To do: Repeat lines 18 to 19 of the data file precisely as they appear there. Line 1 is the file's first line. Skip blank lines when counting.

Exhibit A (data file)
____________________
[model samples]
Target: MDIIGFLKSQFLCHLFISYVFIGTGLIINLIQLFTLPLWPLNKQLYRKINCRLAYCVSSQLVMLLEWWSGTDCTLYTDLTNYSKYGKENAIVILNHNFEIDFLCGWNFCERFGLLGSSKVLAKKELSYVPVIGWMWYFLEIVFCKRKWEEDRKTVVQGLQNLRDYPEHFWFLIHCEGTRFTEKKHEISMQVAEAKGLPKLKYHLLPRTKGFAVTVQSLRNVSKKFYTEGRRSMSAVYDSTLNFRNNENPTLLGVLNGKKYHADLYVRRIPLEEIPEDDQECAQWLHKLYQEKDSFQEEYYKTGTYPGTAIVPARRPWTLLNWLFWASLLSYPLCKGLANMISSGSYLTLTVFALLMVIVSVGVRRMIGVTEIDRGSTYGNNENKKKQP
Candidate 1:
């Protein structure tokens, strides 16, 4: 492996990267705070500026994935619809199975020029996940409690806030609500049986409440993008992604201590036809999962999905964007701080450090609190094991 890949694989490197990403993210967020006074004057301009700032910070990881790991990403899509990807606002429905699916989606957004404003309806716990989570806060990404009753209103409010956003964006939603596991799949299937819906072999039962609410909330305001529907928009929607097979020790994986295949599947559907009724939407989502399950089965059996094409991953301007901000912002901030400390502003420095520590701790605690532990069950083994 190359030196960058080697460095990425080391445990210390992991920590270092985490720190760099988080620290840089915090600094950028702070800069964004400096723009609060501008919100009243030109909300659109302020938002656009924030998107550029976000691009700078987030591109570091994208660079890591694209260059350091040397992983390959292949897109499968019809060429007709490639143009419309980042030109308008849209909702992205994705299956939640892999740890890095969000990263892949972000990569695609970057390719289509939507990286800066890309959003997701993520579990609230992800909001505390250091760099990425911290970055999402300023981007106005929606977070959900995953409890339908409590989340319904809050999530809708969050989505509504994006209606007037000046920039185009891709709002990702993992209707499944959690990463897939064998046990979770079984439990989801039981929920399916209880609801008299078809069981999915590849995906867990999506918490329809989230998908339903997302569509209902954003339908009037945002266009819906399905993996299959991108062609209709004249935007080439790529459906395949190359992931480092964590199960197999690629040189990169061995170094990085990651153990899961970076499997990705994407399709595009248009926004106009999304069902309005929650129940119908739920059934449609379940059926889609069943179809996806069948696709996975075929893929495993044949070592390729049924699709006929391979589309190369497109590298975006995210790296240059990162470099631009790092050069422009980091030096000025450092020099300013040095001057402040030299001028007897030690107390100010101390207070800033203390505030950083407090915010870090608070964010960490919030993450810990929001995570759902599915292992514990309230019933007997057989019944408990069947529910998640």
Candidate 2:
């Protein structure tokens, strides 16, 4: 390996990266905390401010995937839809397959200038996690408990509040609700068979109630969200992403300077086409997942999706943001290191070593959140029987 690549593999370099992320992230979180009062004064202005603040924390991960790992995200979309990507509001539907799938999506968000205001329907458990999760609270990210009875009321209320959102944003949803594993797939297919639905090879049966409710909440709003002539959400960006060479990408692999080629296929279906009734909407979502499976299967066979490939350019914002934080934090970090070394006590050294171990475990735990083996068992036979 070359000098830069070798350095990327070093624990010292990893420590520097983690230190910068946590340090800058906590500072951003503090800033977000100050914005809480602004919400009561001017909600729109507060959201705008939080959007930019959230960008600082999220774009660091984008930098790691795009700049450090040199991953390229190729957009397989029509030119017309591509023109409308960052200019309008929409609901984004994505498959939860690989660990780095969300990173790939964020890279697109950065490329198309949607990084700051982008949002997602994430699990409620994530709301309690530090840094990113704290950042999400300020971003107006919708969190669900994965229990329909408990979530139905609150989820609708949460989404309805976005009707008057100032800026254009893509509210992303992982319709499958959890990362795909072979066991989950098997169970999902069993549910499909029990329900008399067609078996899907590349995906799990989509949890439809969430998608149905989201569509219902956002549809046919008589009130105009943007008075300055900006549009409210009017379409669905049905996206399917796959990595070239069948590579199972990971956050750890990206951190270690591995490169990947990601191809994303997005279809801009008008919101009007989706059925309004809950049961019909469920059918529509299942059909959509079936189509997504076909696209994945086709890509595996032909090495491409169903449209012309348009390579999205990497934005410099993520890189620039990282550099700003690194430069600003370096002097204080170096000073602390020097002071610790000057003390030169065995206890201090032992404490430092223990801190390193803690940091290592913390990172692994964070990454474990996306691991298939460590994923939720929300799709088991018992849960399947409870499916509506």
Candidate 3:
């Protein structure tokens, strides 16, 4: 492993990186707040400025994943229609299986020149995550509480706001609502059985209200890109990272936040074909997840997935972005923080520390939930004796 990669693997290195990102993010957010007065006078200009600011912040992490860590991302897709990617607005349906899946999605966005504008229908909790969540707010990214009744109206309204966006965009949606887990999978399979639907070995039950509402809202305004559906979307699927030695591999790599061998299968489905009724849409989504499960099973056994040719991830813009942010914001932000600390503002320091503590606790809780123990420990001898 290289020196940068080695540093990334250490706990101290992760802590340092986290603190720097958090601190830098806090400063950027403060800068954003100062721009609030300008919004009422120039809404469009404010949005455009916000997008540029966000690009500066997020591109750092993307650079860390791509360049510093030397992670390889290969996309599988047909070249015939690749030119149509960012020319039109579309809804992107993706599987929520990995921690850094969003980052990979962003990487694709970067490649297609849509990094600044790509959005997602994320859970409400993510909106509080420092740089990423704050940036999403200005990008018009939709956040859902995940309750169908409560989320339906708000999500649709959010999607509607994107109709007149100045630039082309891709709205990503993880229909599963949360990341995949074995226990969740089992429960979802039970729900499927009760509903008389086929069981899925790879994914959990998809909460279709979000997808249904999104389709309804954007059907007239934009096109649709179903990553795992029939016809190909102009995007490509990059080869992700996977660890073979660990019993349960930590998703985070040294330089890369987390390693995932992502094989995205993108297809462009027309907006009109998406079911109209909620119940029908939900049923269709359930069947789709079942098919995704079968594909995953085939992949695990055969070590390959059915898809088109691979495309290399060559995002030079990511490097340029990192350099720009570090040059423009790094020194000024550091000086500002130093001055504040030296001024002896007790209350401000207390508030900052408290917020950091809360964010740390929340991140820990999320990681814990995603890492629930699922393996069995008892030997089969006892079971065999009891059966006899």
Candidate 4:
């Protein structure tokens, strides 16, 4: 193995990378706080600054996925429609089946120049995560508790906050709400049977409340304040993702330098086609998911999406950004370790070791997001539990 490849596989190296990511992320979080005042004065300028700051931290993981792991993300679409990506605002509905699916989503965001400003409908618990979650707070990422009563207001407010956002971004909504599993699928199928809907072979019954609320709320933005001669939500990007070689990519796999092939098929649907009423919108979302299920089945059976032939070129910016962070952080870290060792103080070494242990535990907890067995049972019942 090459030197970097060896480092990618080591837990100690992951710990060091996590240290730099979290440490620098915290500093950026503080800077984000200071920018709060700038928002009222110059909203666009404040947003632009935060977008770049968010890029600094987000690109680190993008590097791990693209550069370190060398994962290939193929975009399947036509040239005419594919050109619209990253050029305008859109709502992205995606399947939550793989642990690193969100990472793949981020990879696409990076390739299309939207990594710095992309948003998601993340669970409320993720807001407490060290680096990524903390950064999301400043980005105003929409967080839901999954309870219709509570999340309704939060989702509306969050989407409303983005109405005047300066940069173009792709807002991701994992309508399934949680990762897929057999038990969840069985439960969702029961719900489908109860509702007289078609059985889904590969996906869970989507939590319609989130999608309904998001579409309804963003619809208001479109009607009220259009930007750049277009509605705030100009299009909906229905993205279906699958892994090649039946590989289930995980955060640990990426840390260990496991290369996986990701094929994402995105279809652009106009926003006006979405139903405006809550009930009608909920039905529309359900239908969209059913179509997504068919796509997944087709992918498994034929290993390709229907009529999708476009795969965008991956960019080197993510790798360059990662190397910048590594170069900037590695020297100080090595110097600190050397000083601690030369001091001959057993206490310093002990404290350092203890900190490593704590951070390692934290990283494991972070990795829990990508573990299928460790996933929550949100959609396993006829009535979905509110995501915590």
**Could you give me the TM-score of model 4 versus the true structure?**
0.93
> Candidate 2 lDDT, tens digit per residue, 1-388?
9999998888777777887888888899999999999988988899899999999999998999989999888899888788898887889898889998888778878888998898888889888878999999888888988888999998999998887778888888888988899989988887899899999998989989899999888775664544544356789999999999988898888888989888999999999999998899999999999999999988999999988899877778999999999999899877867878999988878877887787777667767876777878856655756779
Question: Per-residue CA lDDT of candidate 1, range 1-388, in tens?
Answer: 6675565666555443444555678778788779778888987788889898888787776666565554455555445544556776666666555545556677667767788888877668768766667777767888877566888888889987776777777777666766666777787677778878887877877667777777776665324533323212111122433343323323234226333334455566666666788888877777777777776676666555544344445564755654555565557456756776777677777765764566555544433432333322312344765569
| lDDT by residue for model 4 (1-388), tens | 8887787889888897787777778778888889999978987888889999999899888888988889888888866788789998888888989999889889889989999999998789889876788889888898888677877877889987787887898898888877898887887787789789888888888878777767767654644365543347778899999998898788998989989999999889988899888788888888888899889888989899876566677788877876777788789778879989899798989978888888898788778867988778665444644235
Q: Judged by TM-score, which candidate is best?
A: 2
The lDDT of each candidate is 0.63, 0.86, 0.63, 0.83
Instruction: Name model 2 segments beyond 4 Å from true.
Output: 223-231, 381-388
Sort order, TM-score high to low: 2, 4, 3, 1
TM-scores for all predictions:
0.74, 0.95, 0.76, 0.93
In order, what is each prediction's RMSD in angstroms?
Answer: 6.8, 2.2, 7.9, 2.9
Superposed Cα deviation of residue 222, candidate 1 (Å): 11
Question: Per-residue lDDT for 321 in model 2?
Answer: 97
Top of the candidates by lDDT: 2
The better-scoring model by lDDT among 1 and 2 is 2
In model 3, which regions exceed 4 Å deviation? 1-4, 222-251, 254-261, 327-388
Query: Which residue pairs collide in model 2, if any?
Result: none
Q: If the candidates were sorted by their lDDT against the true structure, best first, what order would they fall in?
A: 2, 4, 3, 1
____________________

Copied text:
Q: Judged by TM-score, which candidate is best?
A: 2